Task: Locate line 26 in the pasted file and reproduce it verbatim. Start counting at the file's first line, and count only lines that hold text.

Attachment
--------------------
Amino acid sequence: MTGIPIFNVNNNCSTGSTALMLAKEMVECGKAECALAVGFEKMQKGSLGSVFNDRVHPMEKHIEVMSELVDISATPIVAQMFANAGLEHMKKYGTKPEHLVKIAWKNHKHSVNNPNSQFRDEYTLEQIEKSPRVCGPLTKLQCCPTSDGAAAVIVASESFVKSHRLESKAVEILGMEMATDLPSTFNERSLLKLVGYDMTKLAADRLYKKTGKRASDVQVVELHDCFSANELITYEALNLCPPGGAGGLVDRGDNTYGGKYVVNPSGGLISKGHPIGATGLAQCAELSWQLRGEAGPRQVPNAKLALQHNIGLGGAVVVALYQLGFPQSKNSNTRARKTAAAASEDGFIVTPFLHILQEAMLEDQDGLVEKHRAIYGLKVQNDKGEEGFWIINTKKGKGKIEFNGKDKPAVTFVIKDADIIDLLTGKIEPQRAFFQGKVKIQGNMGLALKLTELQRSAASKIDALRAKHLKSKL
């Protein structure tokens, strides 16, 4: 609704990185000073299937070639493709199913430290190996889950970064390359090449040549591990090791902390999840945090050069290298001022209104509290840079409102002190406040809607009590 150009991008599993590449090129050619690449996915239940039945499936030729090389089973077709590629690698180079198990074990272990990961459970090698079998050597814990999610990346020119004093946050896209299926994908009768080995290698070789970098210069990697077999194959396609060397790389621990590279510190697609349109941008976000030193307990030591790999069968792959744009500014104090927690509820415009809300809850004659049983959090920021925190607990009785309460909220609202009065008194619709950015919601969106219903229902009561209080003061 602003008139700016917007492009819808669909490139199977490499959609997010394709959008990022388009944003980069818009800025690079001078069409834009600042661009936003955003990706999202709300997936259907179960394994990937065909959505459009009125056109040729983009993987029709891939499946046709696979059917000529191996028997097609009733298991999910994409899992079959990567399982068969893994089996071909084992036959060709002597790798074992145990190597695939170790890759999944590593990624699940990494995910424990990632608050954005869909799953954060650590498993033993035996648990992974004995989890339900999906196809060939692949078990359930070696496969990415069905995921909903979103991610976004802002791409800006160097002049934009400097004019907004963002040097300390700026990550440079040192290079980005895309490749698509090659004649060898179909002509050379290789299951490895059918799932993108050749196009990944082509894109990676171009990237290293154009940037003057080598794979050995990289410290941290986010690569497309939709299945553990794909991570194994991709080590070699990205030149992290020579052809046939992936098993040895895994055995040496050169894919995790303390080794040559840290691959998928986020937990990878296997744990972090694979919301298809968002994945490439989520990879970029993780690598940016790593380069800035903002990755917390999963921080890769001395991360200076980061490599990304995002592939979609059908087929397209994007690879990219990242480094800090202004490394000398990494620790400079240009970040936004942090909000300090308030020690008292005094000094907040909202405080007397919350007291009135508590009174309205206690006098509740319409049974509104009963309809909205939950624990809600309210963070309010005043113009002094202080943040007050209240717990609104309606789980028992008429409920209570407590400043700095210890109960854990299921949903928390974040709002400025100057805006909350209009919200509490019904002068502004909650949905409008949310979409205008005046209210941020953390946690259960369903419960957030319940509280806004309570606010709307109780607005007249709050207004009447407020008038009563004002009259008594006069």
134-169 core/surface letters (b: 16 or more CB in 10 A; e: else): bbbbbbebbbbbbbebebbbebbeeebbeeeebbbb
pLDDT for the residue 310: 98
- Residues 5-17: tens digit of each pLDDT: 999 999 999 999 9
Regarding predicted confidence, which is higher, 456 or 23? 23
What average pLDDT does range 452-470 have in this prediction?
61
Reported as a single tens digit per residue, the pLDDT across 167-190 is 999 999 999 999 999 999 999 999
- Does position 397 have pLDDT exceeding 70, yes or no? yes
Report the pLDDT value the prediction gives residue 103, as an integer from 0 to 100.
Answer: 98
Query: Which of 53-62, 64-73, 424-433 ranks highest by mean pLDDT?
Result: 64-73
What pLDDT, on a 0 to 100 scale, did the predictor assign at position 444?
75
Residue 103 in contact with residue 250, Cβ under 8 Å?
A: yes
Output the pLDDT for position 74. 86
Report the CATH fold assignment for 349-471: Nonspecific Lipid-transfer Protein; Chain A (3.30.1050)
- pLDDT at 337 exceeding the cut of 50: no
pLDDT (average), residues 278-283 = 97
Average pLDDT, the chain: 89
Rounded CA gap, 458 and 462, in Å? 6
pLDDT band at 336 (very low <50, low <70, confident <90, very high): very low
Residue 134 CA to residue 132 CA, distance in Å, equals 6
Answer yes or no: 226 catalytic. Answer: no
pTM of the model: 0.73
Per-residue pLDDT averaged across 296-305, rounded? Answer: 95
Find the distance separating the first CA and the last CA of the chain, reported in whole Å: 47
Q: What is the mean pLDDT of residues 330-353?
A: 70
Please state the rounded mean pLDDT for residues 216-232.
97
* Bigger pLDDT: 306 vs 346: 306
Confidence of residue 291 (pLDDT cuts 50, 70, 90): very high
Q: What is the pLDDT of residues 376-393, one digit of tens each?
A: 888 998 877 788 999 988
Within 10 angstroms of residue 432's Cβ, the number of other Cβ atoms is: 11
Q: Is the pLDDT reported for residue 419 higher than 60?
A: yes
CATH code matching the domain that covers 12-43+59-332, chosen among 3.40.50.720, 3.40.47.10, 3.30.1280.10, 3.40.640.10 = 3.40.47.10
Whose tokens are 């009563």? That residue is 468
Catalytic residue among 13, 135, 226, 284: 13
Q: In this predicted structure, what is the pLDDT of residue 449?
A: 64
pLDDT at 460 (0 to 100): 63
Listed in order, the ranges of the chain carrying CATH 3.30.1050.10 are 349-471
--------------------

Residue 134 CA to residue 132 CA, distance in Å, equals 6